Even if there were some capital gains, the benefit of tactical asset allocation is significant. For example, since Jan 1999, tactical re-balancing would have produced a CAGR of around 17% compared to a static 70-30 asset allocation of 13% and a 100% equity asset allocation of 14.6%. Needless to say, dynamic asset allocation is great because of higher risk adjusted returns.
The difference bet 17% return and 13% is significant only if I had expected 15%. If I had expected 10-12% I don’t care about the difference because either way I have enough to achieve my goal.
I am sure dynamic asset allocation is exciting and can be bountiful. But its not for everyone.
Thanks, Ramesh. Will check out the book!
Always good to have expert validation. 🙂
Churning a portfolio often is needless exercise complicated by exit load and tax issues as Ashal has pointed out. There are many research papers on this subject and most of them agree that once is year gives you the same results.
In fact underestimating returns and overestimating inflation as much as one can would allow the one the luxury of minimal rebalancing.
For someone who has just started should not worry about rebalancing for a couple of years or so until they are fully aware of other aspects of investing.
Dear Ganesh, jus a small query from my side. When you are reviewing your portfolio on mly basis & making corrective actions also, how com capital gain thing is not pinching you? Share some Idea SIRJI. 😉
Portfolio review is a highly personal activity and varies by person. My method consists of three steps.
1. Come up with a strategic asset allocation plan. This is the target % by various asset classes (debt, equity etc.). This incorporates your goals, your risk appetite and your life stage. A good thumb rule here is 100-age% in equity. An example – If you are 30 years old, your strategic asset allocation would say you need to have 70% in equity and 30% in Debt.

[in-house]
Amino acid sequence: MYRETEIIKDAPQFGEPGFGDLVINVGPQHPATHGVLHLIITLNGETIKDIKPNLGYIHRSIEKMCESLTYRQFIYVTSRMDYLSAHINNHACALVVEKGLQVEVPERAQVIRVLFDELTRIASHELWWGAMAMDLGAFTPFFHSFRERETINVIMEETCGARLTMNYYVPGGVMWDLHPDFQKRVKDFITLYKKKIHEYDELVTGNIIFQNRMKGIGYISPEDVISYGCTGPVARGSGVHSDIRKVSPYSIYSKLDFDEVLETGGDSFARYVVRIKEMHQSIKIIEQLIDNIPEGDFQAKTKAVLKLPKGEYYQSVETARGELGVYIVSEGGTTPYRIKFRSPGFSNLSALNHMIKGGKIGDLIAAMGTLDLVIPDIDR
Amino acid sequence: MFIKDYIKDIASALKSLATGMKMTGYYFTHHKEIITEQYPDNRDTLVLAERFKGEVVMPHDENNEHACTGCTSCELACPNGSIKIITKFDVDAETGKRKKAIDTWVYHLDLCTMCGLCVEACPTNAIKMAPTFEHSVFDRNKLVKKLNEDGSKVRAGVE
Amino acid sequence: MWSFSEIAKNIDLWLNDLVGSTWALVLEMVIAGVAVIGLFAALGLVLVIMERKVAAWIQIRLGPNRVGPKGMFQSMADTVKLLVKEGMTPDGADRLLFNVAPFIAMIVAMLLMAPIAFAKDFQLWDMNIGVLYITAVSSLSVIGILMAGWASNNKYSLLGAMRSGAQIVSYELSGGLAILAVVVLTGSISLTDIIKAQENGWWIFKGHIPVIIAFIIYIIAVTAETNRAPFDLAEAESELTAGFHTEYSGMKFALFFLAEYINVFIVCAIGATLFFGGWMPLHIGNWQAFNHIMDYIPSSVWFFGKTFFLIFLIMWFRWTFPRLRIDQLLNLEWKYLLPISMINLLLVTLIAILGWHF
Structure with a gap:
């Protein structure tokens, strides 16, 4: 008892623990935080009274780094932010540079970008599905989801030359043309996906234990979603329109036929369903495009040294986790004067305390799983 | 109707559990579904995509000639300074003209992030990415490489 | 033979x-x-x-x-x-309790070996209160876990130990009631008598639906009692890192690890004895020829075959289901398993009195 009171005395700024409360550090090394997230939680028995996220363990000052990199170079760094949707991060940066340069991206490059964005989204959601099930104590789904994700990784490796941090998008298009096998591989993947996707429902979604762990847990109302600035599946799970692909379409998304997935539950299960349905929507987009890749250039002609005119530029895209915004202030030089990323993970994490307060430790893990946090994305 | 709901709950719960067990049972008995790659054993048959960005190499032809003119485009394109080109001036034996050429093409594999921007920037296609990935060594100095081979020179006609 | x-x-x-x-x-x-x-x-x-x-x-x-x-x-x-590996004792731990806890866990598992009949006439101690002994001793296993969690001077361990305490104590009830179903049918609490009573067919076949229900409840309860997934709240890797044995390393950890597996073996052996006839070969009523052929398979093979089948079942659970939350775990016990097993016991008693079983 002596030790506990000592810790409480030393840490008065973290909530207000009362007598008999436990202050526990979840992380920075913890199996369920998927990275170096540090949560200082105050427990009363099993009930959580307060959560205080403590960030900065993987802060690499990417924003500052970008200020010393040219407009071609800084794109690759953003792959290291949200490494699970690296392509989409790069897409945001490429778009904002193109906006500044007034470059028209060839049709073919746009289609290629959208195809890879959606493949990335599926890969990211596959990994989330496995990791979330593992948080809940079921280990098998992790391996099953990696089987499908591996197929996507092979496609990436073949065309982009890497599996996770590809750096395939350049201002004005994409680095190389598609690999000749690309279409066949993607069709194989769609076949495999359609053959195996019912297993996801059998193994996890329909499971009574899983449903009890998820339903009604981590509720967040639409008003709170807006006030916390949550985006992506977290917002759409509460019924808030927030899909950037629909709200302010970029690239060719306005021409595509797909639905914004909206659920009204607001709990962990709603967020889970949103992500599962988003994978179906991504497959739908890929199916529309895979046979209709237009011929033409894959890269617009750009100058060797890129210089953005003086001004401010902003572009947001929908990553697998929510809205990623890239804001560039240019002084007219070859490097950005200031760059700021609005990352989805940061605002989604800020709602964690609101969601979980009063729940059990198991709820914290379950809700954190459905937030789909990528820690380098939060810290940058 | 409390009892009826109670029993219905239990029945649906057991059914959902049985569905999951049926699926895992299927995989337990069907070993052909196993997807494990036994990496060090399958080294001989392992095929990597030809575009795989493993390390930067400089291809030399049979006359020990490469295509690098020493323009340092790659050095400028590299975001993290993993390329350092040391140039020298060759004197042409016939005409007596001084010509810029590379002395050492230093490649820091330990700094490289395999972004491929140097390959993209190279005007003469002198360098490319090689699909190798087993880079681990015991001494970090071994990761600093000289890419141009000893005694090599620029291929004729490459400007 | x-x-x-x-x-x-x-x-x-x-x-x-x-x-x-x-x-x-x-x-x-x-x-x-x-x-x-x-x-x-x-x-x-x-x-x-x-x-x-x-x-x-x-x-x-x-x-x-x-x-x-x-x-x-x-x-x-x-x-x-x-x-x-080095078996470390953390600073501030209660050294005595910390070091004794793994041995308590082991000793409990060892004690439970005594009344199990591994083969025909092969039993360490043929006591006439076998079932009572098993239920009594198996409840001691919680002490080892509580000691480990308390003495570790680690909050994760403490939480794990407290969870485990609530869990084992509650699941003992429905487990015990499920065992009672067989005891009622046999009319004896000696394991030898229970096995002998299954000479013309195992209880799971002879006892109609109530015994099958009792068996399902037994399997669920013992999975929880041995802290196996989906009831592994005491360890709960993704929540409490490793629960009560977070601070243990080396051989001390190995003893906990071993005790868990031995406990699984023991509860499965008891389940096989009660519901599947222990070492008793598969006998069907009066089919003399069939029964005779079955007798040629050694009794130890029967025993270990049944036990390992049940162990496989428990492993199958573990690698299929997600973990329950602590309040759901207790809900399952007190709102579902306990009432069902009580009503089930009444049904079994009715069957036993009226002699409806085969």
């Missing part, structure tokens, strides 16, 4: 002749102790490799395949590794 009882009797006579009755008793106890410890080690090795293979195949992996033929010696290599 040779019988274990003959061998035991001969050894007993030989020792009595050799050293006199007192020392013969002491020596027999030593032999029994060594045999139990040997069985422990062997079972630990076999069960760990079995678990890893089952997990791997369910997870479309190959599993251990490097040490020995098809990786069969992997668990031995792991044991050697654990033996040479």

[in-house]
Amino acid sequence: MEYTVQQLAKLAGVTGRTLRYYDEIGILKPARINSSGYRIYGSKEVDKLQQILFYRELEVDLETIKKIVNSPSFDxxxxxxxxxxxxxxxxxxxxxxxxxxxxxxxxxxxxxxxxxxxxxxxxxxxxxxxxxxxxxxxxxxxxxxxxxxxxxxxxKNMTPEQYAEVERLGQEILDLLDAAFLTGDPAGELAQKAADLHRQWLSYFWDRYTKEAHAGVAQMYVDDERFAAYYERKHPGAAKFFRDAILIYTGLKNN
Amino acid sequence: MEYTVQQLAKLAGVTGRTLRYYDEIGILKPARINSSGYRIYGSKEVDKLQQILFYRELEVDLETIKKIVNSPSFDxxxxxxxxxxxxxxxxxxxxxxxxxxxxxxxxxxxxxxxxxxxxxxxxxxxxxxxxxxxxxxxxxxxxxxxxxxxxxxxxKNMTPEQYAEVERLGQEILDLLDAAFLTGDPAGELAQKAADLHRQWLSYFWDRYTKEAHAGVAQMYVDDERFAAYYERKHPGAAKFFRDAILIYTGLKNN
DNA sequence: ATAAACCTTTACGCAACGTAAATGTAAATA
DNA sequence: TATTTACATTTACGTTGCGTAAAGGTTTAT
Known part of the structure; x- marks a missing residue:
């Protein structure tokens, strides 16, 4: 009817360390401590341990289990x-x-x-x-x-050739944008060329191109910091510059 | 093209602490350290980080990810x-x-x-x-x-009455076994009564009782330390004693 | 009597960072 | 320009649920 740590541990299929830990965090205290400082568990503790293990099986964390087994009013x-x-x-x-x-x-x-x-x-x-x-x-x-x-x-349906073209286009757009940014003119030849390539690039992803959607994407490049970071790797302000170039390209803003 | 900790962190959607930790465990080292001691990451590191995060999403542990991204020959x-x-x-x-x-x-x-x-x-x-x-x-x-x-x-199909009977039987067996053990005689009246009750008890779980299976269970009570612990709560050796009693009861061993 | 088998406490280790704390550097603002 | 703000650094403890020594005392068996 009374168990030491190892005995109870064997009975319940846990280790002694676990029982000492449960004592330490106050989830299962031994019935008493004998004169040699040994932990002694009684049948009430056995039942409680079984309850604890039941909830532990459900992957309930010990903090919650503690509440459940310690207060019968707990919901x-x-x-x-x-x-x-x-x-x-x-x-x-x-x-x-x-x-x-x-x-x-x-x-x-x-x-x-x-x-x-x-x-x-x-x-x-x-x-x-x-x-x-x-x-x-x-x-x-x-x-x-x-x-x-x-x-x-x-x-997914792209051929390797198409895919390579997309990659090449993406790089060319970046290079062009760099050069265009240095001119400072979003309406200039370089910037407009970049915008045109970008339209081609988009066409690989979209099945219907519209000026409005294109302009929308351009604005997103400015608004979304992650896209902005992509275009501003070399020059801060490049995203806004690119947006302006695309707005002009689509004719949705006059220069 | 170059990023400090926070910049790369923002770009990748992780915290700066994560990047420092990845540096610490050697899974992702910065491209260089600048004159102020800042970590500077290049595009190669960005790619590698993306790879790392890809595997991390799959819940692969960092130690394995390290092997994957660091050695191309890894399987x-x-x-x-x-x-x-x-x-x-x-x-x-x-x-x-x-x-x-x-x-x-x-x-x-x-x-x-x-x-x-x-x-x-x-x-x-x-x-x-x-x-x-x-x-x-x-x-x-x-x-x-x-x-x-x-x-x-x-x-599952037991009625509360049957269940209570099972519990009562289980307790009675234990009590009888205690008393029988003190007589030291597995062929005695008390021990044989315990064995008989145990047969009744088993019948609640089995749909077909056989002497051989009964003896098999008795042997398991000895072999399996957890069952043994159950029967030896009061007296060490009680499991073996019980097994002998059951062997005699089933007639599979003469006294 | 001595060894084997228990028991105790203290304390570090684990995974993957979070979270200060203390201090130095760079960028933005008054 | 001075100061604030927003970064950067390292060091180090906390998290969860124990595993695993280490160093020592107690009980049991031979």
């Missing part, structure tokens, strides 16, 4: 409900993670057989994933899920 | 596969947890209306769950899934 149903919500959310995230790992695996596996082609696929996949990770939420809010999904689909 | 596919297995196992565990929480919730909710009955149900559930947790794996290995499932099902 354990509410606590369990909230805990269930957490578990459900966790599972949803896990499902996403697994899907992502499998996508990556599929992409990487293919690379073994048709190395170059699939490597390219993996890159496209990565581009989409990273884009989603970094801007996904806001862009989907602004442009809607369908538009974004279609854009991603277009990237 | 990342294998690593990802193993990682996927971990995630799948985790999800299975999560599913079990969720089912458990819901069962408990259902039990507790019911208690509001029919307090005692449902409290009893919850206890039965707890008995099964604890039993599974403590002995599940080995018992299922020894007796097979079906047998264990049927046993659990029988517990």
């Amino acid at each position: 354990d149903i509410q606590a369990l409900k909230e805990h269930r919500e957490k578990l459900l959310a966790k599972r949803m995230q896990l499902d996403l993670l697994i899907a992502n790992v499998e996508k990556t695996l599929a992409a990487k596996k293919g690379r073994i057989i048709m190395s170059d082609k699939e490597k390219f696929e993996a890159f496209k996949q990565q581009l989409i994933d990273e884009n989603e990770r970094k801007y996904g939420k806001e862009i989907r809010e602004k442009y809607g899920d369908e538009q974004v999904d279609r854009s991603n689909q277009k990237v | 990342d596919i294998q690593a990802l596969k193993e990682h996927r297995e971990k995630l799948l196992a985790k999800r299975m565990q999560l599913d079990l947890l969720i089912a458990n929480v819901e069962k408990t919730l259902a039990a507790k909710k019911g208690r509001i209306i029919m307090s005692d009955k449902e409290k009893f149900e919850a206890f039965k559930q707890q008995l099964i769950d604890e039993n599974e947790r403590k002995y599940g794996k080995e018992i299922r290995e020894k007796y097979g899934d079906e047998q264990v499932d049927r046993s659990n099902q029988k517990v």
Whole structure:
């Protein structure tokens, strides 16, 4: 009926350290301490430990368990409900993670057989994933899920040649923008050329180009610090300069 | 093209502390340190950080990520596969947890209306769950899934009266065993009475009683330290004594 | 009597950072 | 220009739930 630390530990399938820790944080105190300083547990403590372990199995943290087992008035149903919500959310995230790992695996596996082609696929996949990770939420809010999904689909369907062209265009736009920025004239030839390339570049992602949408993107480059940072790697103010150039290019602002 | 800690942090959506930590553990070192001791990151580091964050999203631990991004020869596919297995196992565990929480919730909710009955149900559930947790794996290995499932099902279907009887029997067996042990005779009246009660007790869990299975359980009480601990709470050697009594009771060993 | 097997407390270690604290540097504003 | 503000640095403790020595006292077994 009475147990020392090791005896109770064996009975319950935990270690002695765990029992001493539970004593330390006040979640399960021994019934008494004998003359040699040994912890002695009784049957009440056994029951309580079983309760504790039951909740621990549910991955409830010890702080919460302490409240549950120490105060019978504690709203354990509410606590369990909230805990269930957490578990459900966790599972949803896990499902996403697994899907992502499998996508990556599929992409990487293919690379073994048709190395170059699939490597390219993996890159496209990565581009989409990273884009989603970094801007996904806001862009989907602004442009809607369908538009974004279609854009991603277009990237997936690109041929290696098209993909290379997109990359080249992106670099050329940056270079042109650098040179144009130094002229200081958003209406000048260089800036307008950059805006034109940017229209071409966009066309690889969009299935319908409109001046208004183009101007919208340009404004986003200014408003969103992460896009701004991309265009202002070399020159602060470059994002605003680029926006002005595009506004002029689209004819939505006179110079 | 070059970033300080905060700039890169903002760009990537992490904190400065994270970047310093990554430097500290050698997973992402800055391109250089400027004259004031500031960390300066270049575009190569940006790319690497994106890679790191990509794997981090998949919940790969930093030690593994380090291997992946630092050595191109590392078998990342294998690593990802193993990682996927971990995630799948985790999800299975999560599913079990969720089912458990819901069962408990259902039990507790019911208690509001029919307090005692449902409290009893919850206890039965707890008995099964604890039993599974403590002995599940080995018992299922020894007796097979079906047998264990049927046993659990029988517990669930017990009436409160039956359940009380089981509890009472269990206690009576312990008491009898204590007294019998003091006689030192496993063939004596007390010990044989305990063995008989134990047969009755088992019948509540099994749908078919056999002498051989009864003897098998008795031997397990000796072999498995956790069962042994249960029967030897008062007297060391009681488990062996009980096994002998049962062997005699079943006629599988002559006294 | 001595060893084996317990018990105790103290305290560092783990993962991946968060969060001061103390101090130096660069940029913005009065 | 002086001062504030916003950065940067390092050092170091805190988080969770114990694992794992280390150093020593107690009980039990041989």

2. Incorporate a tactical asset allocation plan. This one is optional but I like this. Markets are irrational at times and we should take advantage of this. We can do this by tilting your asset allocation towards equity when the markets are cheap (Say index P/e of less than 15) and tilting it towards debt when markets are overpriced (say index P/e more than 23). An example – my asset allocation varies between 75% and 25% based on index p/e.
3. Churn portfolio as needed as per 1 and 2. Establish a routine. I like monthly for this as opposed to annual because I use tactical asset allocation. Monthly, I review my portfolio and decide on asset re-balancing based on my target asset allocation. I then pick funds / stocks that are poor performing and need to be sold. I will keep an eye on capital gains during this. An example – If my portfolio is 20L and my equity asset % is 50% and target is 45%, I sell 1L worth equity and move it to debt.
Hope this helps..
I will suggest you look at
1. Franklin Dynamic P/E Ratio fund to check out their asset allocation. Just to give you an additional support by an opinion of a good management team.
2. Read up “The Ivy Portfolio”. It is a good book, and will help you in the Tactical Asset Allocation thing. May be it will not influence any changes, but still a good read.
Dear Rajan, before finding answer for How? Please find answer, Why you should review your portfolio? If this is clear to you, you may define your own frequency to review. Rest is similar to what dear FFC has told you.
You need to be clear about your risk appetite. That is % equity and % debt. Then each year you review the value of your equity and debt portfolio. If equity has gained more you sell and invest in debt so that the portfolio %s aligns with your risk appetite.
You start with 60% equity and 40% debt. If after year 1 equity occupies 75% of the portfolio you sell and invest in debt so the portfolio has 60% debt. This controls risk.
Use this rebalancing simulator to see how this benefits